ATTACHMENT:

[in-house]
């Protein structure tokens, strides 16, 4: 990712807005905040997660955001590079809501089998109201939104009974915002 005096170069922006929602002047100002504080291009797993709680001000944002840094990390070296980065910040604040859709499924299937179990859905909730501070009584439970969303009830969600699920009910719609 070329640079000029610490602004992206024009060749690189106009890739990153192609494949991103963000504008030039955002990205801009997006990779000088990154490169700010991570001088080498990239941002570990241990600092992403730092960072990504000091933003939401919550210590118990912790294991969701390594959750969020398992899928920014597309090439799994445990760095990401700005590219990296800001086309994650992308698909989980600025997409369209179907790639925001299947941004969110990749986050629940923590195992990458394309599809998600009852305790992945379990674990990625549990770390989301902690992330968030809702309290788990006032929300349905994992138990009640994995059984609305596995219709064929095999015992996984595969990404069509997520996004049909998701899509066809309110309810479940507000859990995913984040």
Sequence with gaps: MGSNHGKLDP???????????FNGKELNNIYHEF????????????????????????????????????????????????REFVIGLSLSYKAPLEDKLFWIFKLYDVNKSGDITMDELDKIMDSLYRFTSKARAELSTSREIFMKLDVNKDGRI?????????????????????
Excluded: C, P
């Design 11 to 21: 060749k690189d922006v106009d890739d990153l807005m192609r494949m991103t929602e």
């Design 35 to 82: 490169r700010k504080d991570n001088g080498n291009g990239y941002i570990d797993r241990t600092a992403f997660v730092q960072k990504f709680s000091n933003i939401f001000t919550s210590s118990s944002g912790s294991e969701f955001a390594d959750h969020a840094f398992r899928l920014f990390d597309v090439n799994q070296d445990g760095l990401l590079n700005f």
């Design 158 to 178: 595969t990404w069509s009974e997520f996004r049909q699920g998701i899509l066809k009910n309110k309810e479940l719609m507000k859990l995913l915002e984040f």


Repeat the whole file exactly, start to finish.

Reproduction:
[in-house]
């Protein structure tokens, strides 16, 4: 990712807005905040997660955001590079809501089998109201939104009974915002 005096170069922006929602002047100002504080291009797993709680001000944002840094990390070296980065910040604040859709499924299937179990859905909730501070009584439970969303009830969600699920009910719609 070329640079000029610490602004992206024009060749690189106009890739990153192609494949991103963000504008030039955002990205801009997006990779000088990154490169700010991570001088080498990239941002570990241990600092992403730092960072990504000091933003939401919550210590118990912790294991969701390594959750969020398992899928920014597309090439799994445990760095990401700005590219990296800001086309994650992308698909989980600025997409369209179907790639925001299947941004969110990749986050629940923590195992990458394309599809998600009852305790992945379990674990990625549990770390989301902690992330968030809702309290788990006032929300349905994992138990009640994995059984609305596995219709064929095999015992996984595969990404069509997520996004049909998701899509066809309110309810479940507000859990995913984040």
Sequence with gaps: MGSNHGKLDP???????????FNGKELNNIYHEF????????????????????????????????????????????????REFVIGLSLSYKAPLEDKLFWIFKLYDVNKSGDITMDELDKIMDSLYRFTSKARAELSTSREIFMKLDVNKDGRI?????????????????????
Excluded: C, P
């Design 11 to 21: 060749k690189d922006v106009d890739d990153l807005m192609r494949m991103t929602e």
């Design 35 to 82: 490169r700010k504080d991570n001088g080498n291009g990239y941002i570990d797993r241990t600092a992403f997660v730092q960072k990504f709680s000091n933003i939401f001000t919550s210590s118990s944002g912790s294991e969701f955001a390594d959750h969020a840094f398992r899928l920014f990390d597309v090439n799994q070296d445990g760095l990401l590079n700005f």
């Design 158 to 178: 595969t990404w069509s009974e997520f996004r049909q699920g998701i899509l066809k009910n309110k309810e479940l719609m507000k859990l995913l915002e984040f």